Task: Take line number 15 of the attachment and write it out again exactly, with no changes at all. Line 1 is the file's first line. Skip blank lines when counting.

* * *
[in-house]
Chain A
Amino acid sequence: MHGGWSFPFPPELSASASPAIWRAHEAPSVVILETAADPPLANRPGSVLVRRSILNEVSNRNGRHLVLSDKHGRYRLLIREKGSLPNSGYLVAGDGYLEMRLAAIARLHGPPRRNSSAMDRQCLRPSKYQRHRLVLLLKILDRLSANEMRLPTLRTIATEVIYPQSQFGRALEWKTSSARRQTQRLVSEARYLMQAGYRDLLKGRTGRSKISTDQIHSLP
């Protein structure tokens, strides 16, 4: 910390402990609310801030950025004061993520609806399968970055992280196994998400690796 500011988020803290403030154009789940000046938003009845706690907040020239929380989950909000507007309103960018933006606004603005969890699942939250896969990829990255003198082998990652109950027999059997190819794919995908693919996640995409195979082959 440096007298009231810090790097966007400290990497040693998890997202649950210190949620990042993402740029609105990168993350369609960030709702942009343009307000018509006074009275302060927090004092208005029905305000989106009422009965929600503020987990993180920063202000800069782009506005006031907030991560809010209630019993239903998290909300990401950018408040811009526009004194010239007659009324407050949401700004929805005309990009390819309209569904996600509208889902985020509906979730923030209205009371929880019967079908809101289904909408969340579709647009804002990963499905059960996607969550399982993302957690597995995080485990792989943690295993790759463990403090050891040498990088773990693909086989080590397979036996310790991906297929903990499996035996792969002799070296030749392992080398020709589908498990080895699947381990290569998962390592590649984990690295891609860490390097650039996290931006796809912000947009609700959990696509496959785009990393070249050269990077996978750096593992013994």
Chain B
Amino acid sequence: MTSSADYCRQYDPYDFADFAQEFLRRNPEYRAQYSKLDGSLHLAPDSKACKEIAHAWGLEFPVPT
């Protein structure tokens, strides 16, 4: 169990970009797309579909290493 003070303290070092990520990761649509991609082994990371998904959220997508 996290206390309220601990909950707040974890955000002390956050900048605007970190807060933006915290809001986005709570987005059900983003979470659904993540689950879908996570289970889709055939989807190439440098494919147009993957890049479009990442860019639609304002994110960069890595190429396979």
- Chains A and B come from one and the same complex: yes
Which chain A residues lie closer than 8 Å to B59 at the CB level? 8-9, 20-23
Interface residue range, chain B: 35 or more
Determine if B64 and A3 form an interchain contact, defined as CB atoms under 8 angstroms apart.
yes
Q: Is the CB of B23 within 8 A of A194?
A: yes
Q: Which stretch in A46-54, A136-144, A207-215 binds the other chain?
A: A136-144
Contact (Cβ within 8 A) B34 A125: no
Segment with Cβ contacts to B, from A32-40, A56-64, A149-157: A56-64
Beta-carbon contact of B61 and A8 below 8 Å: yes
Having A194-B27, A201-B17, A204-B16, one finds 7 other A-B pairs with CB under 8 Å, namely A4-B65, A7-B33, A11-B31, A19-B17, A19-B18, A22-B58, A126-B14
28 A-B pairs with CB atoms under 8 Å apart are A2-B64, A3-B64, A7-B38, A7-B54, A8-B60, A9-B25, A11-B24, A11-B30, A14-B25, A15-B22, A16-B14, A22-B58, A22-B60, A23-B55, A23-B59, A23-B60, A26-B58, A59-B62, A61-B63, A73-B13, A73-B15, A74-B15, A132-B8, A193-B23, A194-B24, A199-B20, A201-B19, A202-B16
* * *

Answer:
Q: Which stretch in A46-54, A136-144, A207-215 binds the other chain?